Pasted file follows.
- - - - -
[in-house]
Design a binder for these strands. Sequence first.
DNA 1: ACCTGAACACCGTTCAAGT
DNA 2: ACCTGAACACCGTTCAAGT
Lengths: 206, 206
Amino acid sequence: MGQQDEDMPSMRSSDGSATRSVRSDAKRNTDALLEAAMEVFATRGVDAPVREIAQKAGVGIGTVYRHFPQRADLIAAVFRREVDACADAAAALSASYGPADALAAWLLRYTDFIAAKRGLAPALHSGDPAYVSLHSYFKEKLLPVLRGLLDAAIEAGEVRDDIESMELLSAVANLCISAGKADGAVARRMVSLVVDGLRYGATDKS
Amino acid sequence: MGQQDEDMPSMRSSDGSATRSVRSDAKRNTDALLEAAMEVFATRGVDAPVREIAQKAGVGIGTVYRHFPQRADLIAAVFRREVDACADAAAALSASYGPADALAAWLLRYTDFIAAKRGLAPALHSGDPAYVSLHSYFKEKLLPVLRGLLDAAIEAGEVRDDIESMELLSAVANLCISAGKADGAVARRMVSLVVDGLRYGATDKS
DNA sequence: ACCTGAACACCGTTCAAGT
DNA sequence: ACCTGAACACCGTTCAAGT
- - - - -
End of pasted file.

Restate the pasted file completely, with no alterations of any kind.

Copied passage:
[in-house]
Design a binder for these strands. Sequence first.
DNA 1: ACCTGAACACCGTTCAAGT
DNA 2: ACCTGAACACCGTTCAAGT
Lengths: 206, 206
Amino acid sequence: MGQQDEDMPSMRSSDGSATRSVRSDAKRNTDALLEAAMEVFATRGVDAPVREIAQKAGVGIGTVYRHFPQRADLIAAVFRREVDACADAAAALSASYGPADALAAWLLRYTDFIAAKRGLAPALHSGDPAYVSLHSYFKEKLLPVLRGLLDAAIEAGEVRDDIESMELLSAVANLCISAGKADGAVARRMVSLVVDGLRYGATDKS
Amino acid sequence: MGQQDEDMPSMRSSDGSATRSVRSDAKRNTDALLEAAMEVFATRGVDAPVREIAQKAGVGIGTVYRHFPQRADLIAAVFRREVDACADAAAALSASYGPADALAAWLLRYTDFIAAKRGLAPALHSGDPAYVSLHSYFKEKLLPVLRGLLDAAIEAGEVRDDIESMELLSAVANLCISAGKADGAVARRMVSLVVDGLRYGATDKS
DNA sequence: ACCTGAACACCGTTCAAGT
DNA sequence: ACCTGAACACCGTTCAAGT